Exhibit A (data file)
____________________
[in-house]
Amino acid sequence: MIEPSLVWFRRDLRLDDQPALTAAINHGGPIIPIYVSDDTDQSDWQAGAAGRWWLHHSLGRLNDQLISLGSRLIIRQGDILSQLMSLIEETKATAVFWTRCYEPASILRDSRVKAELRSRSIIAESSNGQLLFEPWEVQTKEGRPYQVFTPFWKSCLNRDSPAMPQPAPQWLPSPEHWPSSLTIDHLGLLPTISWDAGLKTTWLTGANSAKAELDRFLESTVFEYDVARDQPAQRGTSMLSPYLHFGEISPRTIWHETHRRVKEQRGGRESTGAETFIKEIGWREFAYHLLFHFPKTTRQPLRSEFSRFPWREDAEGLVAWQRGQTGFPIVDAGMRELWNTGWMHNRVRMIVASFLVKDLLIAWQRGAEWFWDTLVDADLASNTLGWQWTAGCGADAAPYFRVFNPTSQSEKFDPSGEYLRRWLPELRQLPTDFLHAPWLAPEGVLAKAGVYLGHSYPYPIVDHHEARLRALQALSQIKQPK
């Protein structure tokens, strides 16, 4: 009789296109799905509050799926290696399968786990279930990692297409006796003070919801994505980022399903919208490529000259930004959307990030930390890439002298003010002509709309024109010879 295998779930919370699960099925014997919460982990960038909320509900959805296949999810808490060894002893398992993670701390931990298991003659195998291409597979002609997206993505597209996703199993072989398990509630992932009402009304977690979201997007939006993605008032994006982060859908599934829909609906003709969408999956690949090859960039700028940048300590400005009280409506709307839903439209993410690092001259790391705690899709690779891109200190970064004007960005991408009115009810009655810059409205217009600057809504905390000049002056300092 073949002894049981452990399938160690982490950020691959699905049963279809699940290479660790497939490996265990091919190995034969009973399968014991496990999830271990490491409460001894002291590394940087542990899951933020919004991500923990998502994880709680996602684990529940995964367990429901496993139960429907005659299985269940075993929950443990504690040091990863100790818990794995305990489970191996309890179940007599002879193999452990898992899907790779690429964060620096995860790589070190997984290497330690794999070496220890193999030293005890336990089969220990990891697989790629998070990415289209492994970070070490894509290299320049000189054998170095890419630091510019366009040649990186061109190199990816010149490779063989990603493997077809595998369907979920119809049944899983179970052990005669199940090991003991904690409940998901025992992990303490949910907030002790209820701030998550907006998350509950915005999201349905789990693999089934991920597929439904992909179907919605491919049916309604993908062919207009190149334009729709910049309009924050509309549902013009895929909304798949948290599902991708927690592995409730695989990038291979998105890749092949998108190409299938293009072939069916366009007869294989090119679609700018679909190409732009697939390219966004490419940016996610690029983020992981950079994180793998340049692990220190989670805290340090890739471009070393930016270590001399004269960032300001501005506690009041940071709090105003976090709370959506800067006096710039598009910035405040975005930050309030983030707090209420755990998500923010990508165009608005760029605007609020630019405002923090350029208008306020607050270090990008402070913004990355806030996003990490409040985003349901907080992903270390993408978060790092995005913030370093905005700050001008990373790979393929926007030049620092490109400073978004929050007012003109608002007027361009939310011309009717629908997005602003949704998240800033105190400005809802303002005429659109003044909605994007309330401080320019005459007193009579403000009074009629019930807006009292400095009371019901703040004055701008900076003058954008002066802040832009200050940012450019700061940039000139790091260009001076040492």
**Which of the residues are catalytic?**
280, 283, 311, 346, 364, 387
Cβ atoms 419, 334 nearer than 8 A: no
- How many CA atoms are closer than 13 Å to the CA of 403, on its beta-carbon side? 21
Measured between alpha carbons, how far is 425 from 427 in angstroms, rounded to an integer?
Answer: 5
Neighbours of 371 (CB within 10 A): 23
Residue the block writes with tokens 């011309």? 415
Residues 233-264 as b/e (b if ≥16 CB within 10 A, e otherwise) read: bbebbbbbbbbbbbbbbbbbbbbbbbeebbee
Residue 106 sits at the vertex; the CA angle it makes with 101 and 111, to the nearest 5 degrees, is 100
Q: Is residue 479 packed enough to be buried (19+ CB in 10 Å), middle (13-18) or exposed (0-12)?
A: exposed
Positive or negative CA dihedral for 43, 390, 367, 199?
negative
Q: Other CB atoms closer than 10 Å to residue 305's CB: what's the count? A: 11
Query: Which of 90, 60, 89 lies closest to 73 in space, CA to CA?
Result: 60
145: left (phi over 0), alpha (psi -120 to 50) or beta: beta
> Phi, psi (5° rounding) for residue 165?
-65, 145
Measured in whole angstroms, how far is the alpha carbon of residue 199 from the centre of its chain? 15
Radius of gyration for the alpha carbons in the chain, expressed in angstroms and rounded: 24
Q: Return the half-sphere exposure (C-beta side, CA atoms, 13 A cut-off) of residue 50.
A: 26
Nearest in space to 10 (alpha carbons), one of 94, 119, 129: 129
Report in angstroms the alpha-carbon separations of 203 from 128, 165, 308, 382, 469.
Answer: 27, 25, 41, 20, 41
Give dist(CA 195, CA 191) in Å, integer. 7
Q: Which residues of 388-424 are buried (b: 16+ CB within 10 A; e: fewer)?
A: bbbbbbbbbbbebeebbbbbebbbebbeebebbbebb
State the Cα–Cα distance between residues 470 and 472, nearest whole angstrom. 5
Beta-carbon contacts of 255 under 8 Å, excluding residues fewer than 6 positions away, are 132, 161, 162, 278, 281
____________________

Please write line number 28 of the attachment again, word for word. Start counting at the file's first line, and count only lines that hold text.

Nearest in space to 10 (alpha carbons), one of 94, 119, 129: 129